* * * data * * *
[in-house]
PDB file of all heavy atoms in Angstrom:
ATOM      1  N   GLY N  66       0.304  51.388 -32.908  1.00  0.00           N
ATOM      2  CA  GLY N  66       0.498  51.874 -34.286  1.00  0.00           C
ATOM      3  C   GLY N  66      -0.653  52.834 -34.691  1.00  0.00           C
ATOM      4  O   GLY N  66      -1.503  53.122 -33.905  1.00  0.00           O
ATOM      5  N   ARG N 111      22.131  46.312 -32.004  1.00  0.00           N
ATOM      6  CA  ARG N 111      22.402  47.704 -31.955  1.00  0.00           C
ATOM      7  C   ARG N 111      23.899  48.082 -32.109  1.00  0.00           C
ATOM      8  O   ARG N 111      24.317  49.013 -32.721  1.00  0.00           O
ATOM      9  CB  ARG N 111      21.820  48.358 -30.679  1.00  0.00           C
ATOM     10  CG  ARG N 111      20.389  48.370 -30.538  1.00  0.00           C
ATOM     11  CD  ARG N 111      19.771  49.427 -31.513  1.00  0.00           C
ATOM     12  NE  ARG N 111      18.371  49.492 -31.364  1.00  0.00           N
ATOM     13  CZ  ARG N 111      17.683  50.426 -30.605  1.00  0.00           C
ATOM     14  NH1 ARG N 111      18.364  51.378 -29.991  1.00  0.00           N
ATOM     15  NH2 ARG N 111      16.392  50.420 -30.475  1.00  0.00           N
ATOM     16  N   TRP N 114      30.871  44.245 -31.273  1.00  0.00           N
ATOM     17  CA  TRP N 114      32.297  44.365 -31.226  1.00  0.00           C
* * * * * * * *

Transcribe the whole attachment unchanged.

[in-house]
PDB file of all heavy atoms in Angstrom:
ATOM      1  N   GLY N  66       0.304  51.388 -32.908  1.00  0.00           N
ATOM      2  CA  GLY N  66       0.498  51.874 -34.286  1.00  0.00           C
ATOM      3  C   GLY N  66      -0.653  52.834 -34.691  1.00  0.00           C
ATOM      4  O   GLY N  66      -1.503  53.122 -33.905  1.00  0.00           O
ATOM      5  N   ARG N 111      22.131  46.312 -32.004  1.00  0.00           N
ATOM      6  CA  ARG N 111      22.402  47.704 -31.955  1.00  0.00           C
ATOM      7  C   ARG N 111      23.899  48.082 -32.109  1.00  0.00           C
ATOM      8  O   ARG N 111      24.317  49.013 -32.721  1.00  0.00           O
ATOM      9  CB  ARG N 111      21.820  48.358 -30.679  1.00  0.00           C
ATOM     10  CG  ARG N 111      20.389  48.370 -30.538  1.00  0.00           C
ATOM     11  CD  ARG N 111      19.771  49.427 -31.513  1.00  0.00           C
ATOM     12  NE  ARG N 111      18.371  49.492 -31.364  1.00  0.00           N
ATOM     13  CZ  ARG N 111      17.683  50.426 -30.605  1.00  0.00           C
ATOM     14  NH1 ARG N 111      18.364  51.378 -29.991  1.00  0.00           N
ATOM     15  NH2 ARG N 111      16.392  50.420 -30.475  1.00  0.00           N
ATOM     16  N   TRP N 114      30.871  44.245 -31.273  1.00  0.00           N
ATOM     17  CA  TRP N 114      32.297  44.365 -31.226  1.00  0.00           C